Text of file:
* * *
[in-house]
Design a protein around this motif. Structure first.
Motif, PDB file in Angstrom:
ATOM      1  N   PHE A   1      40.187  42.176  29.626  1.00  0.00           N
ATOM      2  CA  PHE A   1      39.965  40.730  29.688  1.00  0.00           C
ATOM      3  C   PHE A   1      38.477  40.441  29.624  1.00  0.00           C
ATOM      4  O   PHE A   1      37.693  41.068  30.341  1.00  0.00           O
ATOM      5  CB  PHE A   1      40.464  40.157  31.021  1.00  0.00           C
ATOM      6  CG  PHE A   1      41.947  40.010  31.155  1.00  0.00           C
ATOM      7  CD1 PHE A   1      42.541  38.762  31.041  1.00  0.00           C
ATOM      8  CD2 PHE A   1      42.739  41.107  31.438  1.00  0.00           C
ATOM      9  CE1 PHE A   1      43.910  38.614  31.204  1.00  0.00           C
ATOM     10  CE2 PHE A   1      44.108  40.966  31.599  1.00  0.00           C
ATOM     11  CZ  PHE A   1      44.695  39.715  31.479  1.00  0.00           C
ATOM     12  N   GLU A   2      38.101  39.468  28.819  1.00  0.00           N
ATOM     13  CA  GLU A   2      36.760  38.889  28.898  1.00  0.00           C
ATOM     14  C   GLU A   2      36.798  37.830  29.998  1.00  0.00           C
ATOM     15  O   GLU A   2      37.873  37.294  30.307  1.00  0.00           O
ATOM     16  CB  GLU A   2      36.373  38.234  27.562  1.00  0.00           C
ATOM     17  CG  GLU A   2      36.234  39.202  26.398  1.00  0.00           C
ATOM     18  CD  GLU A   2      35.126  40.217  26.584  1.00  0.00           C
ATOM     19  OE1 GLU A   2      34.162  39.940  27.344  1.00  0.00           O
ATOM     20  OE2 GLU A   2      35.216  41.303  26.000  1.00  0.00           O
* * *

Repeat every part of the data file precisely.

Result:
[in-house]
Design a protein around this motif. Structure first.
Motif, PDB file in Angstrom:
ATOM      1  N   PHE A   1      40.187  42.176  29.626  1.00  0.00           N
ATOM      2  CA  PHE A   1      39.965  40.730  29.688  1.00  0.00           C
ATOM      3  C   PHE A   1      38.477  40.441  29.624  1.00  0.00           C
ATOM      4  O   PHE A   1      37.693  41.068  30.341  1.00  0.00           O
ATOM      5  CB  PHE A   1      40.464  40.157  31.021  1.00  0.00           C
ATOM      6  CG  PHE A   1      41.947  40.010  31.155  1.00  0.00           C
ATOM      7  CD1 PHE A   1      42.541  38.762  31.041  1.00  0.00           C
ATOM      8  CD2 PHE A   1      42.739  41.107  31.438  1.00  0.00           C
ATOM      9  CE1 PHE A   1      43.910  38.614  31.204  1.00  0.00           C
ATOM     10  CE2 PHE A   1      44.108  40.966  31.599  1.00  0.00           C
ATOM     11  CZ  PHE A   1      44.695  39.715  31.479  1.00  0.00           C
ATOM     12  N   GLU A   2      38.101  39.468  28.819  1.00  0.00           N
ATOM     13  CA  GLU A   2      36.760  38.889  28.898  1.00  0.00           C
ATOM     14  C   GLU A   2      36.798  37.830  29.998  1.00  0.00           C
ATOM     15  O   GLU A   2      37.873  37.294  30.307  1.00  0.00           O
ATOM     16  CB  GLU A   2      36.373  38.234  27.562  1.00  0.00           C
ATOM     17  CG  GLU A   2      36.234  39.202  26.398  1.00  0.00           C
ATOM     18  CD  GLU A   2      35.126  40.217  26.584  1.00  0.00           C
ATOM     19  OE1 GLU A   2      34.162  39.940  27.344  1.00  0.00           O
ATOM     20  OE2 GLU A   2      35.216  41.303  26.000  1.00  0.00           O